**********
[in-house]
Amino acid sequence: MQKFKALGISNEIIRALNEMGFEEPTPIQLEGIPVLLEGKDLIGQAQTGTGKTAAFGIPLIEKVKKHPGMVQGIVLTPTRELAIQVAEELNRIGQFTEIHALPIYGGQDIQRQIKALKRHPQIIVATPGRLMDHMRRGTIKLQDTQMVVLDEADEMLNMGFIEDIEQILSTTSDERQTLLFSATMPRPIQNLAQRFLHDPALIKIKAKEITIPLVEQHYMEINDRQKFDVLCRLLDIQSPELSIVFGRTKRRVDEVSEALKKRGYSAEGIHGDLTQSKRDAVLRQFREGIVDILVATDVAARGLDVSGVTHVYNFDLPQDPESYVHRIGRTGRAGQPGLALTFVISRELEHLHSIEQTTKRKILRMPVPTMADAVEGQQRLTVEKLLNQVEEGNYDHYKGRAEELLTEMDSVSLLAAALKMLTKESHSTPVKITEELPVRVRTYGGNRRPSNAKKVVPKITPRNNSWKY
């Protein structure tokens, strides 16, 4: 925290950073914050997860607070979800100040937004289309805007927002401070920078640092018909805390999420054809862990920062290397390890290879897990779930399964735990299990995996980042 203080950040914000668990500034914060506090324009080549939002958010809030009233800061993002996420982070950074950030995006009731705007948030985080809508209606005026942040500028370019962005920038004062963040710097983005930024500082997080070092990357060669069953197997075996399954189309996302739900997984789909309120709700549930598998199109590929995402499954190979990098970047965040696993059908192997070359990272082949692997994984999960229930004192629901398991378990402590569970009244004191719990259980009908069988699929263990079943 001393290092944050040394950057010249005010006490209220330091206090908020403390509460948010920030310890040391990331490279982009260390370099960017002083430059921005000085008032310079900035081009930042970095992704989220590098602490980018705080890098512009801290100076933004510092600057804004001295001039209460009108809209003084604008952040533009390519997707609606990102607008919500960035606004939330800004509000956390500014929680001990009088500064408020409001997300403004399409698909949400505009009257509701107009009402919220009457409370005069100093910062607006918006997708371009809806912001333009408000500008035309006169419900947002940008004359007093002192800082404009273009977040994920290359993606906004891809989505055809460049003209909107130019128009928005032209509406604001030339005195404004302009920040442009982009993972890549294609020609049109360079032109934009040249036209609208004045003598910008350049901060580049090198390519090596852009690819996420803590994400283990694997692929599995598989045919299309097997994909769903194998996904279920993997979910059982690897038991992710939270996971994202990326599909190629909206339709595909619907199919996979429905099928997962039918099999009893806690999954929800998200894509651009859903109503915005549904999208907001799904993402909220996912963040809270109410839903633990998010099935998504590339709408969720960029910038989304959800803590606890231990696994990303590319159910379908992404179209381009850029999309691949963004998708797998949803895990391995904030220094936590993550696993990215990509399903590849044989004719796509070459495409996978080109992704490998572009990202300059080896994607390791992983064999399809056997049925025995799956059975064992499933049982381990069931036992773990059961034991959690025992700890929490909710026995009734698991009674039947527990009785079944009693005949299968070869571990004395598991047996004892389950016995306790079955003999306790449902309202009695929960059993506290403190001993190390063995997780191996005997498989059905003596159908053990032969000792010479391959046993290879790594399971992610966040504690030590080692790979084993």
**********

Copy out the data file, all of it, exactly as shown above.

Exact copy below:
[in-house]
Amino acid sequence: MQKFKALGISNEIIRALNEMGFEEPTPIQLEGIPVLLEGKDLIGQAQTGTGKTAAFGIPLIEKVKKHPGMVQGIVLTPTRELAIQVAEELNRIGQFTEIHALPIYGGQDIQRQIKALKRHPQIIVATPGRLMDHMRRGTIKLQDTQMVVLDEADEMLNMGFIEDIEQILSTTSDERQTLLFSATMPRPIQNLAQRFLHDPALIKIKAKEITIPLVEQHYMEINDRQKFDVLCRLLDIQSPELSIVFGRTKRRVDEVSEALKKRGYSAEGIHGDLTQSKRDAVLRQFREGIVDILVATDVAARGLDVSGVTHVYNFDLPQDPESYVHRIGRTGRAGQPGLALTFVISRELEHLHSIEQTTKRKILRMPVPTMADAVEGQQRLTVEKLLNQVEEGNYDHYKGRAEELLTEMDSVSLLAAALKMLTKESHSTPVKITEELPVRVRTYGGNRRPSNAKKVVPKITPRNNSWKY
């Protein structure tokens, strides 16, 4: 925290950073914050997860607070979800100040937004289309805007927002401070920078640092018909805390999420054809862990920062290397390890290879897990779930399964735990299990995996980042 203080950040914000668990500034914060506090324009080549939002958010809030009233800061993002996420982070950074950030995006009731705007948030985080809508209606005026942040500028370019962005920038004062963040710097983005930024500082997080070092990357060669069953197997075996399954189309996302739900997984789909309120709700549930598998199109590929995402499954190979990098970047965040696993059908192997070359990272082949692997994984999960229930004192629901398991378990402590569970009244004191719990259980009908069988699929263990079943 001393290092944050040394950057010249005010006490209220330091206090908020403390509460948010920030310890040391990331490279982009260390370099960017002083430059921005000085008032310079900035081009930042970095992704989220590098602490980018705080890098512009801290100076933004510092600057804004001295001039209460009108809209003084604008952040533009390519997707609606990102607008919500960035606004939330800004509000956390500014929680001990009088500064408020409001997300403004399409698909949400505009009257509701107009009402919220009457409370005069100093910062607006918006997708371009809806912001333009408000500008035309006169419900947002940008004359007093002192800082404009273009977040994920290359993606906004891809989505055809460049003209909107130019128009928005032209509406604001030339005195404004302009920040442009982009993972890549294609020609049109360079032109934009040249036209609208004045003598910008350049901060580049090198390519090596852009690819996420803590994400283990694997692929599995598989045919299309097997994909769903194998996904279920993997979910059982690897038991992710939270996971994202990326599909190629909206339709595909619907199919996979429905099928997962039918099999009893806690999954929800998200894509651009859903109503915005549904999208907001799904993402909220996912963040809270109410839903633990998010099935998504590339709408969720960029910038989304959800803590606890231990696994990303590319159910379908992404179209381009850029999309691949963004998708797998949803895990391995904030220094936590993550696993990215990509399903590849044989004719796509070459495409996978080109992704490998572009990202300059080896994607390791992983064999399809056997049925025995799956059975064992499933049982381990069931036992773990059961034991959690025992700890929490909710026995009734698991009674039947527990009785079944009693005949299968070869571990004395598991047996004892389950016995306790079955003999306790449902309202009695929960059993506290403190001993190390063995997780191996005997498989059905003596159908053990032969000792010479391959046993290879790594399971992610966040504690030590080692790979084993």